? Crackers? Thick, buttery shortbread rounds with a touch of salt?) Mmmm.

I spent a good deal of time in the car this summer, and often listened to

The Splendid Table

through Stitcher Radio and my phone—a boon for long drives. The recipe here is adapted from Sally Schneider’s description on that program. I made three versions, which I noted below. One is simply rosemary and salt, another is with rosemary, sage, and lavender (lavender is very bossy, so go easy) and another is rosemary, sage, and lemon. You could chop some garlic along with the salt, but I refrained, preferring to add the garlic later. You can chop by hand or in the food processer. Lazy bones (me) prefers the processor, but be careful not to overdo it and make a mush of it. The formula is basically 1/2 cup coarse sea salt (salt grains the size of kosher salt) to 2 cups loosely packed herb leaves. Mix and match as you please, then spread on a baking sheet to dry for a couple of days. While the salt draws out the moisture from the herbs it also absorbs a ton of flavor.

Herb salt recipe (adapted from Sally Schneider)

Makes 1 cup herb salt


1/2 cup coarse sea salt

2 cups loosely packed rosemary leaves


1/2 cup coarse sea salt

1 cup loosely packed rosemary leaves

1 cup loosely packed sage leaves

5 or 6 lavender buds


Any of the above, plus

Finely chopped zest of 1 lemon


1. In a food processor, pulse the herbs with 1/4 cup salt repeatedly until the herbs are chopped but not annihilated. Add the remaining salt and pulse once or twice to mix.

2. Spread the mixture on a baking sheet and leave to air dry for 2 or 3 days, or until completely dry. Store in a glass jar with a tightly fitting lid.

Posted on October 20, 2013 and filed under Condiments and Jams.

Cold brewed iced coffee: a cure for the 3 o'clock slump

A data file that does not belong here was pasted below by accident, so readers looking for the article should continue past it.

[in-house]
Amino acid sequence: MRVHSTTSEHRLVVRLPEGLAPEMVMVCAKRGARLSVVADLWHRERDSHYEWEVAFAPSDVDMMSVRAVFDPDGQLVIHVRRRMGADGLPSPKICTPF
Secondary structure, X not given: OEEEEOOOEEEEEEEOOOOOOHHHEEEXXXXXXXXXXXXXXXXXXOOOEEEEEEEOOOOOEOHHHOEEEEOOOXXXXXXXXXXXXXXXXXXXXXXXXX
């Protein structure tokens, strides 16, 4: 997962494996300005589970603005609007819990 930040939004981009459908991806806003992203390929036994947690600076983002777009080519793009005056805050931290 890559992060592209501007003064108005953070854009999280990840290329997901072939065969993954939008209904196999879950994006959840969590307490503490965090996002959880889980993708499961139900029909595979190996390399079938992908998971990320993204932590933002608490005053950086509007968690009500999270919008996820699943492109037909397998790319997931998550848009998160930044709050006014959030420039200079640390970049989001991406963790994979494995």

Cold brewed coffee, where have you been all my life? I know, there’s been quite a buzz, ha ha, about the cold infusion method of brewing coffee of late, but it went right over my head. I swear it was the stultifying consequence of humidity. A few weeks ago, such was the extent of my body’s lethargy that I seriously considered making a doctor’s appointment. Furthermore, everything above the neck was cotton-infused, an effect I also ascribe to the three H’s. But now, thanks to you, iced coffee, I think I am cured.

To backtrack, for full disclosure, I should tell you that I experimented with what I call the Decaffeination Project. Not too long ago, in a period of high stress, I wondered if my daily morning caffeine habit (a homemade latte) was in some way exacerbating the high anxiety of the dramas that whooshed in every time I opened the door a crack. Wary of headaches, I came up with a gradual withdrawal plan: drink the usual cup of coffee every other day for a few weeks and substitute a very pleasant herbal tea on off days. Taper off until coffee was history.

Time passed. Aside from making a beeline to my beloved espresso machine every morning before I remembered that, duh, I don’t do that anymore, nothing really happened. I didn’t feel less anxious; the Universe in all its wisdom was making sure of that. My energy level felt a teensy bit smoother, and I patted myself on the back for being able to do without something I thought I could not. But really? What is the point if I feel the same? I could find no rationale to support giving up coffee. I am not one to go all Puritanical about food. That’s just dumb. And so I decided that I would drink it now and then, when I felt like it.

After the third day of unproductive sloth last week, I resolved it was time to medicate with coffee. I made a cup of espresso and diluted it with milk and ice. It definitely worked its magic. I was back! Thank you, caffeine. The only problem was that I didn’t like it. After all those months of cossetting my palate, the coffee was as jarring and brash as a boom box on a beautiful beach.

Enter the chilly brew.

Radio surfing on a long summer drive, I stumbled upon a description of the cold infusion method of making coffee. At home, I let my fingers do the googling. I found several methods, all pretty much the same.

The New York Times gives dead simple advice: stir coarsely ground medium-roast coffee with some water in a jar, wait 12 hours, strain, dilute and drink. Dan Souza from

America’s Test Kitchen has more precise, if not slightly more complicated, instructions.

I went the simple route, using Tanzanian coffee. I had visited Gibb’s Farm twice with my friends Judi and Rick from Thomson Safaris  (before and after they bought it and made it even more beautiful) and every once in a while they bring me some coffee. It is, in my opinion, the perfect candidate for the cold infusion method.

Iced coffee made this way is everything it is cracked up to be: the toasty flavors are round and smooth and go down as soothingly as the sound of gentle waves on a beautiful beach. So long boom box, hello cold-brewed iced coffee.